Alcohol Addiction

Many adults enjoy alcohol. It's a social part of many cultures and can help you relax. However, while moderate drinking causes minimal concern, problems arise when you start to become dependent on, or preoccupied with alcohol, and drink excessive amounts frequently. Alcohol use disorder (which includes a level that's called alcoholism or alcohol dependence) is a pattern of alcohol use that involves problems controlling your drinking, being preoccupied with alcohol, continuing to use alcohol even when it causes problems, having to drink more to get the same effect, or having withdrawal symptoms.

Dependency on alcohol can arise from different factors, including upbringing, your social environment and your emotional wellbeing. You are more susceptible to developing a problem if you have a family history of alcoholism or suffer from a mental health condition - such as depression, anxiety, or bipolar disorder - because alcohol may be used to self-medicate.

This dependency can sneak up on you, so you may not realise for some time that you have a real problem. You might still be in denial. You might not be aware of just how much you drink, or even recognise how many issues in your life are related to alcohol.

Over time it can wreak havoc on your life - your relationships, your work, and your finances. It can affect your judgement and cause severe depression. It can also lead to serious physical and psychological health issues such as liver disease, psychosis, or dementia, and make you more susceptible to self-harm and suicide. Even a mild disorder can escalate rapidly, so seeking help and starting treatment early is important.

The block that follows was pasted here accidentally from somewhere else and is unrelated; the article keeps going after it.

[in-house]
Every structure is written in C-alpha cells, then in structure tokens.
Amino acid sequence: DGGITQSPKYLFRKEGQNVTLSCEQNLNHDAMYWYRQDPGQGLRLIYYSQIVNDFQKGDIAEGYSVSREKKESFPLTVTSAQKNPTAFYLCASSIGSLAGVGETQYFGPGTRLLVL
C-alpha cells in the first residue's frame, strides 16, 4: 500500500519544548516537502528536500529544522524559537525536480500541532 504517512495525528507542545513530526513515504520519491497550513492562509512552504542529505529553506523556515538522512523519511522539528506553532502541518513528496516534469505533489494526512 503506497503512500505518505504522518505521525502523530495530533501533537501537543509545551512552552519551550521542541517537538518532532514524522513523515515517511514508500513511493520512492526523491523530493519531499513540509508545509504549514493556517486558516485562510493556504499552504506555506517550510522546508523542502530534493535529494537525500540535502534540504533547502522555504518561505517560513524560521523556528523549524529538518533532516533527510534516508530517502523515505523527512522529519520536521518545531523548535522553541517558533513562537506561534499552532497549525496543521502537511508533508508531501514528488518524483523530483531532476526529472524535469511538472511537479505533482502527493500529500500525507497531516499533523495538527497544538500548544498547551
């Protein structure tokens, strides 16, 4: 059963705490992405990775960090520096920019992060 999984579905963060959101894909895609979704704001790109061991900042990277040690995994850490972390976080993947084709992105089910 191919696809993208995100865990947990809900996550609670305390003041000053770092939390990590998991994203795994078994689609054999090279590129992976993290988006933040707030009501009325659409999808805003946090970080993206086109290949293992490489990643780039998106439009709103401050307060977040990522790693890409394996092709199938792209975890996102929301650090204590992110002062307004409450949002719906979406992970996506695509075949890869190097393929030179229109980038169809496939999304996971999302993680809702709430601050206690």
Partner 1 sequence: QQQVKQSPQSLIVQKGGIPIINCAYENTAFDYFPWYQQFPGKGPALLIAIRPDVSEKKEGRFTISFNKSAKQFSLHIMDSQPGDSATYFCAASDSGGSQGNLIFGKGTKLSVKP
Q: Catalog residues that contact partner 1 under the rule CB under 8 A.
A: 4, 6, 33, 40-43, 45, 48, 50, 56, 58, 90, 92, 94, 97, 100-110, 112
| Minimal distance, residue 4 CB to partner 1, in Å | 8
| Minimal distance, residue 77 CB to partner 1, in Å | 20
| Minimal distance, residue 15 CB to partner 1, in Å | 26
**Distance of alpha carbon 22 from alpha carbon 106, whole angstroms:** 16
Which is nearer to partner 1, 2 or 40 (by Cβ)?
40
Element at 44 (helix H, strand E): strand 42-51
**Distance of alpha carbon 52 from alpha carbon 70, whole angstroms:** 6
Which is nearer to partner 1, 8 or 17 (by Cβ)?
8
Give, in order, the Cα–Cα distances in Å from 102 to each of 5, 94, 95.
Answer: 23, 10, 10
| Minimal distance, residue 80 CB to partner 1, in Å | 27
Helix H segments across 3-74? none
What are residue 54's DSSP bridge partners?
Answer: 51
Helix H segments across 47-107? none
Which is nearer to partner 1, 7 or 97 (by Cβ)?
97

Recognising alcohol addiction: what are the signs and symptoms?

Alcohol dependency affects everyone differently and can range from mild to severe, depending on the behavioural and physical signs and symptoms you experience. These may include:

  • Drinking earlier in the day
  • Feeling anxious or irritable without a drink and not being able to socialise without one
  • Hiding your drink from others
  • Having strong cravings or urges to consume alcohol
  • Failing to fulfil professional, home, or school obligations due to repeated alcohol use
  • Being defensive when others notice, and comment on, your drinking habits
  • Experiencing withdrawal symptoms - such sweating and shaking, hallucinations, or problems sleeping - when you don't drink, or drinking to avoid these symptoms
  • Difficulty having, or maintaining, an erection
  • Weight gain
  • Feeling depressed, angry, disgusted, or suicidal, because of drinking

Treating alcohol dependency: what are the options available?

Treatment for alcohol dependency can vary and depends on the severity of your addiction, any medical conditions you may have, your lifestyle, and your personal circumstances.

There are a range of highly effective approaches, including detox and withdrawal, residential treatment programs, psychotherapy, counselling and support groups, as well as nutrition and lifestyle changes.

If you think you are suffering from alcohol dependency, please get in touch to arrange an assessment.